The last few weeks have been intense. A world wide pandemic broke out. General Motors stepped up to help build a product they don’t normally even dabble in- ventilators. The country cheered and the President gave them crap for being too expensive before changing his tune to one of praise for the automaker. With so many accusations being flung around, here’s what’s really going on inside GM’s partnership with Ventec to build life saving and dearly needed medical equipment.
We crawled Facebook for people close to those connected to the situation. We also looked for articles that laid out the timeline from GM’s first announcement to Trump’s invoking of the Defense Production Act last week.
Here’s what we’ve found:
On Facebook, Guy Gorden from WJR Radio in Detroit laid out a very succinct timeline of GM’s efforts in a now widely shared post:
The post, since shared by members of GM’s executive team lays out the timeline like this:
Wednesday 3/18: GM Chairperson Mary Barra reaches out to White House Chief Economic Advisor Larry Kudlow and offers GM’s manufacturing and engineering capacity to fulfill the need for medical supplies. (Source: Axios, GM and White House)
Friday 3/20 GM and Ventec, a ventilator manufacturer from the Seattle area, announce they are undertaking a feasibility project to determine whether they can jointly initiate rapidly expanded production. (GM and Ventec joint release)
By Monday 3/23 GM and Ventec not only prove feasibility, but designate GM’s former electronics facility in Kokomo, Ind. as the “clean” facility for production. The UAW is asked to begin recruiting volunteers. It’s a labor intensive project and may need as many as 1,000 workers. GM’s purchasing chief informs Barra he has commitments from nearly all the suppliers needed for 700 components. He is confident the remaining 37 components can be sourced. (GM, Axios and Reuters)
Tuesday 3/24 Axios and Reuters report GM’s incredible progress. Ventec is told to anticipate an announcement from the White House about the impending contract. Ventec is ready to go but has still not received direction from the feds on how many ventilators it is ordering, making cost quotes per unit more difficult to estimate.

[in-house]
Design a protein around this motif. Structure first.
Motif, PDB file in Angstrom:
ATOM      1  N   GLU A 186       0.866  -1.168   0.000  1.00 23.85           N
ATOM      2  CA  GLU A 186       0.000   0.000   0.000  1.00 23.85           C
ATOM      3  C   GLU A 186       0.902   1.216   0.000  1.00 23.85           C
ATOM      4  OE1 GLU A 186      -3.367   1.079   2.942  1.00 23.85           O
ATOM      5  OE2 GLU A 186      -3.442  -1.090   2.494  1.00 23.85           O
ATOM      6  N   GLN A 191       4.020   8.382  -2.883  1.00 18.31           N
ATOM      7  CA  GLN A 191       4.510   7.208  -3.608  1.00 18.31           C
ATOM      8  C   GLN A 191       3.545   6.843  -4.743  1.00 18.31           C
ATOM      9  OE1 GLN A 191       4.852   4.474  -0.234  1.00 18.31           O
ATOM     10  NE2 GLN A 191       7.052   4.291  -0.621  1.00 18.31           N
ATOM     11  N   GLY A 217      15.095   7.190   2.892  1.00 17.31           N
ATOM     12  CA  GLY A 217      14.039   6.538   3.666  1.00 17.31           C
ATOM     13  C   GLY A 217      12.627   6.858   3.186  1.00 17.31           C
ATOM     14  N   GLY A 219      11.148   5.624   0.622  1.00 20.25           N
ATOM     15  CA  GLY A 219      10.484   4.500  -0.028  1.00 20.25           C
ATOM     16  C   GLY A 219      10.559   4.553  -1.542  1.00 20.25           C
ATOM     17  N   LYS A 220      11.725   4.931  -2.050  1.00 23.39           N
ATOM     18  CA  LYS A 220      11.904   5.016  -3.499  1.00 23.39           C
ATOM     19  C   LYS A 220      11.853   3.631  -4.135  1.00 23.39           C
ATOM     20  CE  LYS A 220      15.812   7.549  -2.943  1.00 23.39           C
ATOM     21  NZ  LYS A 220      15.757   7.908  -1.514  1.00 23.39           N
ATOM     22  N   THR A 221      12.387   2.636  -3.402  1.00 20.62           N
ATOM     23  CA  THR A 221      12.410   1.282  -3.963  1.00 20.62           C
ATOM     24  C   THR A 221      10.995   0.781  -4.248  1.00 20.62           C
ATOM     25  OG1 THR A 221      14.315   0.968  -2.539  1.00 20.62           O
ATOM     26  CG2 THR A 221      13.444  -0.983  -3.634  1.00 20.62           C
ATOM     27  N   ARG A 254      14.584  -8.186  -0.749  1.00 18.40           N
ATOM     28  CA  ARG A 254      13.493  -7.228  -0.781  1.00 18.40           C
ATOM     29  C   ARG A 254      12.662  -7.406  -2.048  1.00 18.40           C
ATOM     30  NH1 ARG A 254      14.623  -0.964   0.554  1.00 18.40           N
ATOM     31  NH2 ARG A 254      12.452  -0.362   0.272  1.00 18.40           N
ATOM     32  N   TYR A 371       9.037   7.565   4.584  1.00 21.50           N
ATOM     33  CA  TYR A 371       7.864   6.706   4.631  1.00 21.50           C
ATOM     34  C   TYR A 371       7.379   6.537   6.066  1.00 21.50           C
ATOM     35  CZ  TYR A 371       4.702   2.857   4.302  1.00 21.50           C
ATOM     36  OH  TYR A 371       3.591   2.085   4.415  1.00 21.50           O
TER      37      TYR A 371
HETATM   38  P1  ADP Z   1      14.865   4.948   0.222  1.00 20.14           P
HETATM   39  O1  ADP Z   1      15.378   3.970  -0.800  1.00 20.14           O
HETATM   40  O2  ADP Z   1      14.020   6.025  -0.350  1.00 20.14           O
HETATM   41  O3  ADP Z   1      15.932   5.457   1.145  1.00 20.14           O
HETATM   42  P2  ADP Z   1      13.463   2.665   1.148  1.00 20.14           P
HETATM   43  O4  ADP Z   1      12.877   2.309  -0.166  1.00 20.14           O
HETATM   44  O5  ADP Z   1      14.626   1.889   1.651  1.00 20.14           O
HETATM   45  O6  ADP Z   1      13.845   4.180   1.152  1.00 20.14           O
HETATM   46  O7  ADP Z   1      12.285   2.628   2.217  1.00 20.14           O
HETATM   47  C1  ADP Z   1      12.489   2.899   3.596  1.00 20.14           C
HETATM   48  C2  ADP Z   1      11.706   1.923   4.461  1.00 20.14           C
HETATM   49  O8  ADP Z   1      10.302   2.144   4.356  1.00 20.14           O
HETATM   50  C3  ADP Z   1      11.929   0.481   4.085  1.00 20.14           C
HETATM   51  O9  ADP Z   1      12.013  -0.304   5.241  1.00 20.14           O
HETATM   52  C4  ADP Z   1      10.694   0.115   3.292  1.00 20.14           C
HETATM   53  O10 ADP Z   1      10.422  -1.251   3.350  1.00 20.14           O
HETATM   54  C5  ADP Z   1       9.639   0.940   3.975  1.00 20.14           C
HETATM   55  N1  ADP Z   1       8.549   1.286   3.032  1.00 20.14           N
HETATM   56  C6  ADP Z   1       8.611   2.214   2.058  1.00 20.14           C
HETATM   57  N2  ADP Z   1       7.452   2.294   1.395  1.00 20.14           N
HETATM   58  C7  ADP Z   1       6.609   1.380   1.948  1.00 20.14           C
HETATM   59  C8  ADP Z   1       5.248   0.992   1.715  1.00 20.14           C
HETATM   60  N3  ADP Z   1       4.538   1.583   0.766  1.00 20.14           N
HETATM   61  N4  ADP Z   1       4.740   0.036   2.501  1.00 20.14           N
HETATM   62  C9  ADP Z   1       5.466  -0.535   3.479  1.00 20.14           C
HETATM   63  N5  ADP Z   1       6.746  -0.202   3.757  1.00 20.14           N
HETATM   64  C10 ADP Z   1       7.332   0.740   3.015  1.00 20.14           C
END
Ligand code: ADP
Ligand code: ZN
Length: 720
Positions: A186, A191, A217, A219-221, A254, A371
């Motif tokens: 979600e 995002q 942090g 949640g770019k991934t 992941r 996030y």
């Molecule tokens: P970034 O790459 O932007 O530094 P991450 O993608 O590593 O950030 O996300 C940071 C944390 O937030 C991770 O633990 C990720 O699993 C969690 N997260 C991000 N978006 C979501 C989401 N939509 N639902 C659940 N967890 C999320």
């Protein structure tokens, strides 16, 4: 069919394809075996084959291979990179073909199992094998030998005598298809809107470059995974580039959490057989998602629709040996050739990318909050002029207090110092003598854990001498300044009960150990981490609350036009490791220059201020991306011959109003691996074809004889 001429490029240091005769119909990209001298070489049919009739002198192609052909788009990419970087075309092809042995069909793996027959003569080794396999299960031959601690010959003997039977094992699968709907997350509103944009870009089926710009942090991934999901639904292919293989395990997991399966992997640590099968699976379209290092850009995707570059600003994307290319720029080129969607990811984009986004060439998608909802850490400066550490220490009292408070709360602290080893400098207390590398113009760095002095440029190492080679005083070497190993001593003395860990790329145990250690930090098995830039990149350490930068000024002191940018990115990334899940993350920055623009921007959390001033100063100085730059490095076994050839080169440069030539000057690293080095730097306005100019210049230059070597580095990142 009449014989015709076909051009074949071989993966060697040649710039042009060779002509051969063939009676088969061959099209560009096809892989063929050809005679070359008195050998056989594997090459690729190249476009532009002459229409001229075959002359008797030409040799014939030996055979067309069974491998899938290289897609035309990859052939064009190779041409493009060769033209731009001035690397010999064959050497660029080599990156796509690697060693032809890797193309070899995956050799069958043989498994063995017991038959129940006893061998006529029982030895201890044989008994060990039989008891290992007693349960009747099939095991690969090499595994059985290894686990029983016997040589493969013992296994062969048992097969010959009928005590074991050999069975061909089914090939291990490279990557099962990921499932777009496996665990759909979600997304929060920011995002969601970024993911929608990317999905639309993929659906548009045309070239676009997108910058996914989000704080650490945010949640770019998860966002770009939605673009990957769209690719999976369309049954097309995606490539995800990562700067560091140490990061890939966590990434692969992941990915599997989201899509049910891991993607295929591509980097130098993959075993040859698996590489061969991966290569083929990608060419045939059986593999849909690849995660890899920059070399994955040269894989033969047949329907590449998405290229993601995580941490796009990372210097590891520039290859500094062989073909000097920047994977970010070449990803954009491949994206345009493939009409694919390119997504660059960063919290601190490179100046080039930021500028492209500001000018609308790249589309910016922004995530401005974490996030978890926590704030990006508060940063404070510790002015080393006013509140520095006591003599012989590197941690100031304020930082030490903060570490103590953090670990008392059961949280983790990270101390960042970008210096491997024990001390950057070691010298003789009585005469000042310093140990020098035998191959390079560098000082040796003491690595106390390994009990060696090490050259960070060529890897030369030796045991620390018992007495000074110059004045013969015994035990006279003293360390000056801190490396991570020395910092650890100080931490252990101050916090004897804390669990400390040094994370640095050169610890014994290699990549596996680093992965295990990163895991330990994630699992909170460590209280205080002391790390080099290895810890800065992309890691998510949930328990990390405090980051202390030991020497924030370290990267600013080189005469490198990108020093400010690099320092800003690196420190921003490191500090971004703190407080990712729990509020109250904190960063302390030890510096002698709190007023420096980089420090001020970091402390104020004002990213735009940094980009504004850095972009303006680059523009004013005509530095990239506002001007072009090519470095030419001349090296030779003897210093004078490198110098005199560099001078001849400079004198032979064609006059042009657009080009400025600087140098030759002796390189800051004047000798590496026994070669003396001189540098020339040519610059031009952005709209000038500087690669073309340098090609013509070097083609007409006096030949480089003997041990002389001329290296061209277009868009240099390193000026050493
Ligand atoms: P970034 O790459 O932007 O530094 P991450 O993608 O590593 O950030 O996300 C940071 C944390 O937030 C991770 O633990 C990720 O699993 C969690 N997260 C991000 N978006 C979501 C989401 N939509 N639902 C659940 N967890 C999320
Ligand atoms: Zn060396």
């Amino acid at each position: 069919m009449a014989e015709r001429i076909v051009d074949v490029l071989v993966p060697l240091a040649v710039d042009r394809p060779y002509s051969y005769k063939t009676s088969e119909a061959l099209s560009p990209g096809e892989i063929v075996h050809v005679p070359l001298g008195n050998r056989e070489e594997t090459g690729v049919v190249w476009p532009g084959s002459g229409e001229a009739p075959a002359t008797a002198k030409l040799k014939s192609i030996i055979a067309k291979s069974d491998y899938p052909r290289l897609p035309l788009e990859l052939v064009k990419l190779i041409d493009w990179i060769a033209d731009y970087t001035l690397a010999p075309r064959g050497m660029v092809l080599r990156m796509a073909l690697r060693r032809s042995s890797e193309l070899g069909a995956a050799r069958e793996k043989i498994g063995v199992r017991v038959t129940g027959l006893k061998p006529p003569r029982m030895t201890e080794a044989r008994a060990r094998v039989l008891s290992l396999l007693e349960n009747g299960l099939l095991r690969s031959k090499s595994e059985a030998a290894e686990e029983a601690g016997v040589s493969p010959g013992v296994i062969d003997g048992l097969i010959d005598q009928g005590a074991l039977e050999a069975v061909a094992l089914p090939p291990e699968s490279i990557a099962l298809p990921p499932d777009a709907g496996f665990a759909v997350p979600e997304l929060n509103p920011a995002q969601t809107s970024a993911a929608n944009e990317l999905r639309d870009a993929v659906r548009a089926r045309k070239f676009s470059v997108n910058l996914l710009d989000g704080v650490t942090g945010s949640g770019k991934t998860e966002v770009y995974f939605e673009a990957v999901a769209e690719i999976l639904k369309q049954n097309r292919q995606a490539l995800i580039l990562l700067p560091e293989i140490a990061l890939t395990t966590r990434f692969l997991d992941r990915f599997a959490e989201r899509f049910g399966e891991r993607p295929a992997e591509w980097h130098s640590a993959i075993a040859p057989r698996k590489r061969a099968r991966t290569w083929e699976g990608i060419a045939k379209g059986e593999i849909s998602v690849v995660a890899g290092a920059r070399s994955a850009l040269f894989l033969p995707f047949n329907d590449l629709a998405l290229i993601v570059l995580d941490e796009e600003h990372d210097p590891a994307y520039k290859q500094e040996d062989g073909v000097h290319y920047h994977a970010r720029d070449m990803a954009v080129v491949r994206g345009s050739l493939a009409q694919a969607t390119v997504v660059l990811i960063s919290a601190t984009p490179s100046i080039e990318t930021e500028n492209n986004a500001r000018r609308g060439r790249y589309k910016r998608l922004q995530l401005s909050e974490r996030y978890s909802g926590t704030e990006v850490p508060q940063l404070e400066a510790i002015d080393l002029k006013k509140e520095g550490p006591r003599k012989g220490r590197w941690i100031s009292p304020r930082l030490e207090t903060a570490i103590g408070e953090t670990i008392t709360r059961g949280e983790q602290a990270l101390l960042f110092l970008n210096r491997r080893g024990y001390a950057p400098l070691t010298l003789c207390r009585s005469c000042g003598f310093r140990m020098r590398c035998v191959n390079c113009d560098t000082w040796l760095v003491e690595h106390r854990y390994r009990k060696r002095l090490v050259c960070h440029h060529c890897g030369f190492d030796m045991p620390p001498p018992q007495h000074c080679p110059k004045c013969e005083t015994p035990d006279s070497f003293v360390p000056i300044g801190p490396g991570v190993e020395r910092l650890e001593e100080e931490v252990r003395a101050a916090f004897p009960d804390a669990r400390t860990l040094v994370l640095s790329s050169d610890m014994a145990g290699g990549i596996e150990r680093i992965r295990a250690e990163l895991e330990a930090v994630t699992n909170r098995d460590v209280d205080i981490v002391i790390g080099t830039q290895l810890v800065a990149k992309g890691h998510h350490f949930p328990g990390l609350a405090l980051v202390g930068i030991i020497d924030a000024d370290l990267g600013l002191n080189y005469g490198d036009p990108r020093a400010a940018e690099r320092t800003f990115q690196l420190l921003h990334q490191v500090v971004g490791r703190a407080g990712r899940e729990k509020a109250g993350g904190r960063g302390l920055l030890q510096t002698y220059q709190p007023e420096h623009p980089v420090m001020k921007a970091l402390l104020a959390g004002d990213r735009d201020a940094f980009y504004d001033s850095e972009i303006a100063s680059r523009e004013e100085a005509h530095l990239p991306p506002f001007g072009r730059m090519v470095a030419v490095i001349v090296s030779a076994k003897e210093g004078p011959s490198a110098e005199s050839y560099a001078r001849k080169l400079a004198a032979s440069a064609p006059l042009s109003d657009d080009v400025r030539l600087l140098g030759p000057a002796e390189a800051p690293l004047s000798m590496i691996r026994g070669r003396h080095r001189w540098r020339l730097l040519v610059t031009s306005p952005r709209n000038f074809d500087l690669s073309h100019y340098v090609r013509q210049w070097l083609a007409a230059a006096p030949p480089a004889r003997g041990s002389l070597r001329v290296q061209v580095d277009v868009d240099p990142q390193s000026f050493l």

Wednesday 3/25 Without explanation the White House cancels the announcement and Ventec is told there will be no contract. Late that evening Ventec and GM agree to move forward anyway. GM agrees to help clear Ventec’s 20,000 unit back-order at cost. Essentially they agree to build a decade’s worth of ventilators in less than 2 months.
Thursday 3/26. NYT reports White House balks because they are trying to decide between different vendors who they believe can offer lower cost options. Ventec and GM prepare to announce their formal production agreement on Friday.
Friday 3/27 President threatens in 2 tweets to invoke “P” (Defense Production Act) against GM. Suggests they should build ventilators at Lordstown, a plant the White House knows GM no longer owns. They are also aware a much more practical electronics plant was chosen for production. He also insults Mary Barra who made the initial offer with prompting from no one.
Within 90 minutes, Ventec and GM announce their plans for production. They have hired 1,000 workers, a full shift, and have the sourcing to make 200,000 ventilators. They have printed training manuals and intend to start training in the new work week. All of these plans and progress occur well before any implied or actual threat from President Trump.